- Over the coming decades, China will become a thoroughly
new form of political and economic entity. Brutally competitive in both
politics and world markets, innovative and resilient, China will be more
dominant than any nation save America.
- Such a shift in the global balance of power occurs only
about once every century and is comparable to the emergence of the U.S.
power a century ago. The magnitude of this change is due, in part, to a
radical and rapid shift in China's governance. Because of its suddenness,
it is tempting to write this shift off as a fluke. But China's restructuring
is permanent and will affect every aspect of its national life, as well
as its global standing.
- The People's Republic now embodies two systems: the centralized,
autocratic Communist administration, dominated by an outdated ideology
and military interests, and the decentralized free-market economic regime.
Whether deliberately or not, China is reorganizing itself to balance central
authority and common purpose with decentralized freedom, in the same way
that nimble companies balance home-office and divisional control. The result
is an entirely new geopolitical model - the country as corporation.
- Call the new China "Chung-hua, Inc." (Chunghua
translates as "China" and actually means "the prosperous
center of the universe.") Like many corporations, China is moving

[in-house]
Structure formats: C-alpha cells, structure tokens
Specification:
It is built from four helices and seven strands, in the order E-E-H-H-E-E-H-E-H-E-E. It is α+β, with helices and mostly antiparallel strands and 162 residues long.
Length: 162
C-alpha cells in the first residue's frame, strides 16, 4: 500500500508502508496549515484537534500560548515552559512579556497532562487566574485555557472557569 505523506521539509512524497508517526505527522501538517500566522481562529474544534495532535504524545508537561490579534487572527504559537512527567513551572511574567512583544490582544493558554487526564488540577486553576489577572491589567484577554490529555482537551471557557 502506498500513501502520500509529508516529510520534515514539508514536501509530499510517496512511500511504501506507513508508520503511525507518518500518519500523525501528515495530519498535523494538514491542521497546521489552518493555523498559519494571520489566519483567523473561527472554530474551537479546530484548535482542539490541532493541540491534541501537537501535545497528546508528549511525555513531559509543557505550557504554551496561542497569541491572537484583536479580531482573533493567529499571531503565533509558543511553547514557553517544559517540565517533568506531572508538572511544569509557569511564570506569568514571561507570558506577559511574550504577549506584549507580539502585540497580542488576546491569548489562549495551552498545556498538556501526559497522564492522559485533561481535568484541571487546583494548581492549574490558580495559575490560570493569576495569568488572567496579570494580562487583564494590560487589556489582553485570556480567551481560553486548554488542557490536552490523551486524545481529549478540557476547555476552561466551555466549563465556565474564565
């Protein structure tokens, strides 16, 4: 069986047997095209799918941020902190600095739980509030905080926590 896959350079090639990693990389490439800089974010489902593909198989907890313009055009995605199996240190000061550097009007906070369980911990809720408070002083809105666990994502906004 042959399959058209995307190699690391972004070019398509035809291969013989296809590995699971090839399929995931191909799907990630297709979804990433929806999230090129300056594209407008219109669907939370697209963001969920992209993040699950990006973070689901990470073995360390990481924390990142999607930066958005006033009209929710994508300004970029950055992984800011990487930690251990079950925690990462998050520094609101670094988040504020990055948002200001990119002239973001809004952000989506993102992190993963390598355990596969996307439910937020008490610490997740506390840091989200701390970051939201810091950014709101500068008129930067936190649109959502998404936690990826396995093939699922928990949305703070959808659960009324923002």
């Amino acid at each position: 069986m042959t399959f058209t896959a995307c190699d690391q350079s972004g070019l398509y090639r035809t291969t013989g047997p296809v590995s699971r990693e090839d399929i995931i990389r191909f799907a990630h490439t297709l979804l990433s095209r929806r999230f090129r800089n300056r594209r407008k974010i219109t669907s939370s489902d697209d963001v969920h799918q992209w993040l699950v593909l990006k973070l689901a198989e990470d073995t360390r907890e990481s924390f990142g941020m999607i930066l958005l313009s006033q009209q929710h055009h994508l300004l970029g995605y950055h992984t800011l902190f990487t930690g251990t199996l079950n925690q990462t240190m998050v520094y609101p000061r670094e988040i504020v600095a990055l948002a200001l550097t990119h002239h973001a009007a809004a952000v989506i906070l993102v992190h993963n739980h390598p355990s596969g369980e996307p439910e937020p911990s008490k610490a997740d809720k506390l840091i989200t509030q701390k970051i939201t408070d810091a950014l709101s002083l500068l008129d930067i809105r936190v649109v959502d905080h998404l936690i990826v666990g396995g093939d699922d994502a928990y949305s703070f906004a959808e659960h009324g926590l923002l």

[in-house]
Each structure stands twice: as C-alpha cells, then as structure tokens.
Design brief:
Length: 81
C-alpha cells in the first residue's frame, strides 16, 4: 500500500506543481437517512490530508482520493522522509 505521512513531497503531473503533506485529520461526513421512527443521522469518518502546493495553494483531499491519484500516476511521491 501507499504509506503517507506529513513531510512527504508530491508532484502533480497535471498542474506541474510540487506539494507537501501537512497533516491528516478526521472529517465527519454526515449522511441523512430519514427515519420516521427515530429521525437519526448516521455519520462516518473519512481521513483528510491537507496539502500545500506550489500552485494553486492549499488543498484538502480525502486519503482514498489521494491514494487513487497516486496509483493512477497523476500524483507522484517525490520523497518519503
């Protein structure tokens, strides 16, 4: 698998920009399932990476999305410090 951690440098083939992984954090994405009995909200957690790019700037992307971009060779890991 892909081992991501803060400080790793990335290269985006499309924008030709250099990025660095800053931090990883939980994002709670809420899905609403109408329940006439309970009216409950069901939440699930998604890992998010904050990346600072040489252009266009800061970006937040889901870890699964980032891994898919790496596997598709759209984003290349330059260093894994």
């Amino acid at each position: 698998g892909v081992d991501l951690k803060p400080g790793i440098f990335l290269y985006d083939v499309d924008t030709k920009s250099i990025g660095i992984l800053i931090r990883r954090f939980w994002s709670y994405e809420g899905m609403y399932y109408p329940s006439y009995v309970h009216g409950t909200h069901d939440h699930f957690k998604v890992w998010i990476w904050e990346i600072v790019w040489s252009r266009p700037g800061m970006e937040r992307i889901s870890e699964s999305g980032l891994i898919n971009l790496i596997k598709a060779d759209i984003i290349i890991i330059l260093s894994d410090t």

most decision-making to the "business unit" level - semi-autonomous,
self-governing economic region-states that compete fiercely against each
other for capital, technology, and human resources (just as America's states
- This new, decentralized free-market regime currently
encompasses only a small part of China's vast territory, and many Chinese
officials still refuse to acknowledge its existence. Indeed, only seven
years ago, the word "federation" was banned from the Chinese
language; companies like Federal Transport or Federation Merchants were
required to change their names. Today, China has the most federal governance
structure of any large nation except the United States.
- Two broad categories of region-states exist. The first
are relatively small, composed of cities and their surrounding areas, generally
with a population of 5-7 million people. Some of these - Shenzhen, Shanghai,
Dalian, Tianjin, Shenyang, Xiamen, Qingdao, and Suzhou - are now growing
economically at a rate of 15-20 percent per year - faster than such Asian
"tigers" as Malaysia, Taiwan, Thailand and Korea ever did. These
smaller region-states, in turn, are propelling the growth of larger mega-regions,
with populations approaching 100 million each.
- The mega-regions, which tend to share common dialects,
ethnic identities, and histories, are becoming economic powerhouses in
their own right. If they were separate nations, five of them - the Yangtze
Delta, the Northeastern Tristates area (formerly known as Manchuria), the
Pearl River Delta, the Beijing-Tianjin corridor, and Shandong - would rank
among Asia's 10 largest economies.
- Regional governments have also been toughened up by the